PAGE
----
The Spanish startup Multiverse Computing was formed from a working group of a non-profit association. The idea of the project is to bring quantum computing to protein engineering. According to Rodrigo Hernández, this process is very complex and classical computing cannot do it, but quantum computing can, creating a diagnosis that would tell us whether or not we have Covid. “This is starting to accelerate, the people who were in a garage are the ones behind these types of projects”, Hernández apostille. Other ‘biohacking’ initiatives in the United States have managed to lower the costs of insulin or epinephrine, from $ 300 to just $ 30.
The same collaborative spirit moved Nuria Count, Researcher at the Institute of Evolutionary Biology (UPF-CSIC) and founder of the first group of biohackers in Spain, DIYBio BCN. And he points out that there are other projects promoted by multidisciplinary profiles (artists, architects, mechanics) learning synthetic biology. But Conde also clarifies that it is necessary not to confuse the idea of ’biohacker’ with that of the grinder, in which people graft cybernetic devices to improve their bodies.
Examples in the Spanish geography of biohacking ‘are the cases of Hangar.org (also in Barcelona), there is a biohacking Space in Granada (Guadalix de la Sierra), Biook (a project led by Ricardo Mutuberria in Bilbao) and Ethiopia (Saragossa). These and other communities are united in an association of ‘biohackers’ in Spain, all this shows an interest in biohacking that is growing. And internationally they stand out The GaudiLab, Hackteria o LaPaillasse, among other.
The idea of a ‘biohacker’ can generate successful companies What Linux, Arduino and OpenSource. The same formula applies to Álvaro Jansà. He studied human biology at Pompeu Fabra University (UPF), and discovered the ‘do it yourself’ philosophy, joining Conde at DIYBio BCN. Now he works in Fablab Sant Cugat, which is the first digital manufacturing workshop in Europe to be integrated into a business school such as Esade. As Jansà describes, “Fablab is a company that constitutes an international network of manufacturing laboratories, where we have everything from companies that want to make a prototype to training with Esade students or citizens”. It is a center where you can make things, genetically modify yeast or create a new electric car.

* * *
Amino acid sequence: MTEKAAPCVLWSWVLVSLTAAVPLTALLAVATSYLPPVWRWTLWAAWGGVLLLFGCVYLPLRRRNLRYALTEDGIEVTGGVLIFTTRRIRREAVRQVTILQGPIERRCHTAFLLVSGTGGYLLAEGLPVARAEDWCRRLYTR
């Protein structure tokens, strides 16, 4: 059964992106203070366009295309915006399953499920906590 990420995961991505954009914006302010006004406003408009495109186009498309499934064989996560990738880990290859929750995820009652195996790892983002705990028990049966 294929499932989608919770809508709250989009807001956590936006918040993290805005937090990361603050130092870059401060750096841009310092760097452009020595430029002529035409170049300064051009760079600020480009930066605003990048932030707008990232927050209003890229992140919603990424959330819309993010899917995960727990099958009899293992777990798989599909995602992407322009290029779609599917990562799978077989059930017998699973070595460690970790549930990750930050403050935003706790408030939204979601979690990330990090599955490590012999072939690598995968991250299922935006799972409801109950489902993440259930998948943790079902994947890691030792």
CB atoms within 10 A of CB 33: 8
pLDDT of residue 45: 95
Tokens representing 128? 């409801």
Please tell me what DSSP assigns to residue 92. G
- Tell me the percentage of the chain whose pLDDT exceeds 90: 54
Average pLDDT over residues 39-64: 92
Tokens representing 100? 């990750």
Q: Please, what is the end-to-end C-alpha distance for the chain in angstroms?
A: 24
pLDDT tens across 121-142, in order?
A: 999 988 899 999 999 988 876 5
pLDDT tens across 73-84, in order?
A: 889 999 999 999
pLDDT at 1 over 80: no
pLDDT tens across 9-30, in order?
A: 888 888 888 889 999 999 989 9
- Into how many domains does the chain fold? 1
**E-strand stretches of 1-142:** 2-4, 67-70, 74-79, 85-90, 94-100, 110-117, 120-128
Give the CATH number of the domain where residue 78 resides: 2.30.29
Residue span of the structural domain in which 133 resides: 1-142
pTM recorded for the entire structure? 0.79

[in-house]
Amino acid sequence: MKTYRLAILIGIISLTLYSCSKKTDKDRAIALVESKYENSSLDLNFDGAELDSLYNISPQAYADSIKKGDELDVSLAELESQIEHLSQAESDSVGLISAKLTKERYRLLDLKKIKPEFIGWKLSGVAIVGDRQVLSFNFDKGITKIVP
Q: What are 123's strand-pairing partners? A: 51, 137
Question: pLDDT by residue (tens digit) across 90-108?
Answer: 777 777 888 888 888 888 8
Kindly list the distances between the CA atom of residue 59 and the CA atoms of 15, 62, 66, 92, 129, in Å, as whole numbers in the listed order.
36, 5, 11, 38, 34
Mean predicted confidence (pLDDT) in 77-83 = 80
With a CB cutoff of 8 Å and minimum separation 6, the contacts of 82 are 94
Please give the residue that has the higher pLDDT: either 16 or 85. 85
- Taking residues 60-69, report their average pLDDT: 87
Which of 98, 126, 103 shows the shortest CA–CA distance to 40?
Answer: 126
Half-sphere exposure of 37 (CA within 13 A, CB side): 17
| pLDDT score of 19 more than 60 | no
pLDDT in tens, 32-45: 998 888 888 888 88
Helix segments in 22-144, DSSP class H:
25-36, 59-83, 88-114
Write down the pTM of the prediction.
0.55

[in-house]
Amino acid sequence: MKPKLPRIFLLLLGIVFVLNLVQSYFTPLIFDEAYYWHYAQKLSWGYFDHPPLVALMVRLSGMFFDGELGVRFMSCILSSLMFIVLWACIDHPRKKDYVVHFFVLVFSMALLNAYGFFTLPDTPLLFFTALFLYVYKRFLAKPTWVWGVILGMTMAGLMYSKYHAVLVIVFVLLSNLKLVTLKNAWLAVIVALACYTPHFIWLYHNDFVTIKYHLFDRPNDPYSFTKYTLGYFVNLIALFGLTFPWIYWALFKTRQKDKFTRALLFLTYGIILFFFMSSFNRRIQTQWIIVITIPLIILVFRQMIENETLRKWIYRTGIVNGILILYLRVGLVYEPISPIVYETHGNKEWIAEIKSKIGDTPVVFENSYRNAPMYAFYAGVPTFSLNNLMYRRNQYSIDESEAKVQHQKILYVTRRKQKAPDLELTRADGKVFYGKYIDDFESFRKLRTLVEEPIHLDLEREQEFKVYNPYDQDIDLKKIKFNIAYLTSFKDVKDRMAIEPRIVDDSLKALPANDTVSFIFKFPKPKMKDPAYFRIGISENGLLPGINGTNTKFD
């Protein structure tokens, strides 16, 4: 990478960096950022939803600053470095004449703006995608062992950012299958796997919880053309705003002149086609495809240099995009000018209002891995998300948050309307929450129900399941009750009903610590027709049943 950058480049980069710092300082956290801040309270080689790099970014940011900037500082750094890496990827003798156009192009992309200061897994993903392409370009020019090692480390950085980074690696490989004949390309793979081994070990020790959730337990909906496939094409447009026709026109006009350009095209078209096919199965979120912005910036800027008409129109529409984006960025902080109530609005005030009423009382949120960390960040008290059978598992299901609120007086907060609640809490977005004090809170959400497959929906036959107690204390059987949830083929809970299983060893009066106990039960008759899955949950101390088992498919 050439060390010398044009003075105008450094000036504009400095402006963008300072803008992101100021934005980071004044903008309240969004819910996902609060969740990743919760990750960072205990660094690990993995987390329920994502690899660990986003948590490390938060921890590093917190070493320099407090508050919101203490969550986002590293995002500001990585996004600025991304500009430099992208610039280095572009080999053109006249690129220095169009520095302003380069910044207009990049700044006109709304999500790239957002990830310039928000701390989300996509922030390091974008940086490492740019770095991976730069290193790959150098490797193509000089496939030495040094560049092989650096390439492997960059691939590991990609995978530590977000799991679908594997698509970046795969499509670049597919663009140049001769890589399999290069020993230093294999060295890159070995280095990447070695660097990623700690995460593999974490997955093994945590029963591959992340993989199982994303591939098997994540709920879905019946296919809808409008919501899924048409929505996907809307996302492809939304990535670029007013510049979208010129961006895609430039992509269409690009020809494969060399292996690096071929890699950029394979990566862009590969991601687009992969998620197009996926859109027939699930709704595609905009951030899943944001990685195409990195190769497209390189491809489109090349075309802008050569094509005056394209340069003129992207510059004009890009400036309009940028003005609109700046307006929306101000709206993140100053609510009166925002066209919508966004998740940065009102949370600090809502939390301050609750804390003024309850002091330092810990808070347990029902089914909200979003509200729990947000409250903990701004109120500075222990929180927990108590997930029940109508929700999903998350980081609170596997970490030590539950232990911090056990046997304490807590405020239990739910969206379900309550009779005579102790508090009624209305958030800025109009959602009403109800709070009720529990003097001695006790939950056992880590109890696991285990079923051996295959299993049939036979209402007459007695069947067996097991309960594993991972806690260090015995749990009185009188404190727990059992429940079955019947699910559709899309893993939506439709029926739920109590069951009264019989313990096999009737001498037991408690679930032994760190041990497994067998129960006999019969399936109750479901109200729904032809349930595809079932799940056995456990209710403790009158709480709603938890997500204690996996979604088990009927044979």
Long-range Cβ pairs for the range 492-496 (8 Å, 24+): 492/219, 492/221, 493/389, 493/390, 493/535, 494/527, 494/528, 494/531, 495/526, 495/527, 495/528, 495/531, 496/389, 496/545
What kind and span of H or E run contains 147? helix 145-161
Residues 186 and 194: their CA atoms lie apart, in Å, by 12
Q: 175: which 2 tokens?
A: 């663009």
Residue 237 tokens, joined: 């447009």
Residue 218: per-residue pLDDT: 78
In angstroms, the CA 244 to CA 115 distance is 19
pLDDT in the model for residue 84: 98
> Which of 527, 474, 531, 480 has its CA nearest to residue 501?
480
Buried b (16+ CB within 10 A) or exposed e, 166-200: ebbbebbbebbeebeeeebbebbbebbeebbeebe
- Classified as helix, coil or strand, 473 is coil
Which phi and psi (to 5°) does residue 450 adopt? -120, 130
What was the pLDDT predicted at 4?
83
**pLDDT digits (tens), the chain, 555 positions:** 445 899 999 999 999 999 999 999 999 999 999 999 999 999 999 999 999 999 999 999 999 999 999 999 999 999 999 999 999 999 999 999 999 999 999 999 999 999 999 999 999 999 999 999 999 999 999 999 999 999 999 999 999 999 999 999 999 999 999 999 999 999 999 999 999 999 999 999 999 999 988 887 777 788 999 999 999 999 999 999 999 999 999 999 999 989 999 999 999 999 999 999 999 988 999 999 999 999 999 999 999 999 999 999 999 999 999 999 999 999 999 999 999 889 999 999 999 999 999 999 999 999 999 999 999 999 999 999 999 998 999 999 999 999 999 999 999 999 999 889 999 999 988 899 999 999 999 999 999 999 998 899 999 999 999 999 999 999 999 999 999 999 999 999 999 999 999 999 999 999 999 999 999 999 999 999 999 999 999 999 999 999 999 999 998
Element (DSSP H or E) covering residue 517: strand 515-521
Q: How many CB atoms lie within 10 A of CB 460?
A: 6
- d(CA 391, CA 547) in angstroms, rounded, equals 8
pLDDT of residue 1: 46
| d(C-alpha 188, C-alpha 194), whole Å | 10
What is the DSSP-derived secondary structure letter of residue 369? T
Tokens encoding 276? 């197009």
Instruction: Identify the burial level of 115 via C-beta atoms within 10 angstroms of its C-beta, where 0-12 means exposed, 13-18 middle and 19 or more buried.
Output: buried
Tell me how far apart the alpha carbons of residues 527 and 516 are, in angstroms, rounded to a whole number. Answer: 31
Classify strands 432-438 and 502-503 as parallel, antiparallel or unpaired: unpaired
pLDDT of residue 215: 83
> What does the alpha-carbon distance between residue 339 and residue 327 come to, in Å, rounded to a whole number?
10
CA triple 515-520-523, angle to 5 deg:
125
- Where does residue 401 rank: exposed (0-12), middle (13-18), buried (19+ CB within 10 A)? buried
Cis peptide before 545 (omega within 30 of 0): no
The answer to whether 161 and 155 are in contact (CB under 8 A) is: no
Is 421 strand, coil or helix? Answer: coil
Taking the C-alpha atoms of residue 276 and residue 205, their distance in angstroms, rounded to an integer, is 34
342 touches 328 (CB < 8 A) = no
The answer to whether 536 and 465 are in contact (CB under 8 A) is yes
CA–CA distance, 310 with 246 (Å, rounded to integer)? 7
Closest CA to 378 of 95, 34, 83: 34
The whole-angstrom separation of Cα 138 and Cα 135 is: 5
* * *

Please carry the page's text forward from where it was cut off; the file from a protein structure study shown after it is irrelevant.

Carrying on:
There are ‘biohackers’ specialized in robotics. An example of his work is the robot named Opentrons of the Hospital Clínic de Barcelona, which allows the processing of samples to carry out mass PCR tests and diagnose the largest number of people affected by Covid. These types of robots cost millions of euros, but a downloadable open source version allows much cheaper access to this technology.
Jansà describes that as part of DIYBio BCN they devised a gynecological briefcase, to go to the home of a person who lacks state resources or has mobility problems and thus offer a first diagnosis. And instead of costing you 30,000 euros, it cost you 1,000 euros. A low cost kit for rapid screening that would have served to tackle other problems, such as AIDS or Ebola. Likewise, this biologist collaborated with CoronavirusMakers in the development of the first class 3 respirator. For the biologist, it is a milestone of the ‘biohacker’ community that an amateur group managed to get the product to market.
In addition, Fablab has launched two projects currently, a aquaponic system It consists of a fish tank with two floors, a lower one with a classic fish tank and in the upper one there are plants. The idea is that all that the fish excrete is going to be taken up by the plants to grow. If this is done at scale it means saving water, avoiding the use of herbicides not polluting in the process and for the farmer it supposes a double income. Another has to do with kombucha, which is a mixture between a bacterium and a yeast. Traditionally it is used to make drinks, in fact California sells more kombucha than Coca Cola, and now they are looking at how to make textiles with it.
A recent example of shared knowledge is that of Medialab-Prado Madrid, where Ana Andres has led the project responsible for Live Textile Graft. The idea was to work with a textile that was respectful of nature using biomaterials. Thus arose projects such as the development of greenhouses with resistant bioplastics, but that could be degraded, functioning as a natural fertilizer of the earth. Or the generation of wool mixed with clay and extruded with a 3D printer, giving rise to a supermaterial, a project nominated for a national award. As Jansà, from Fablab, affirms, “’biohacking’ is going to transform biotechnology. Must change the chip to understand that it is feasible to make commercial products that are based on this philosophy. A new look at old problems.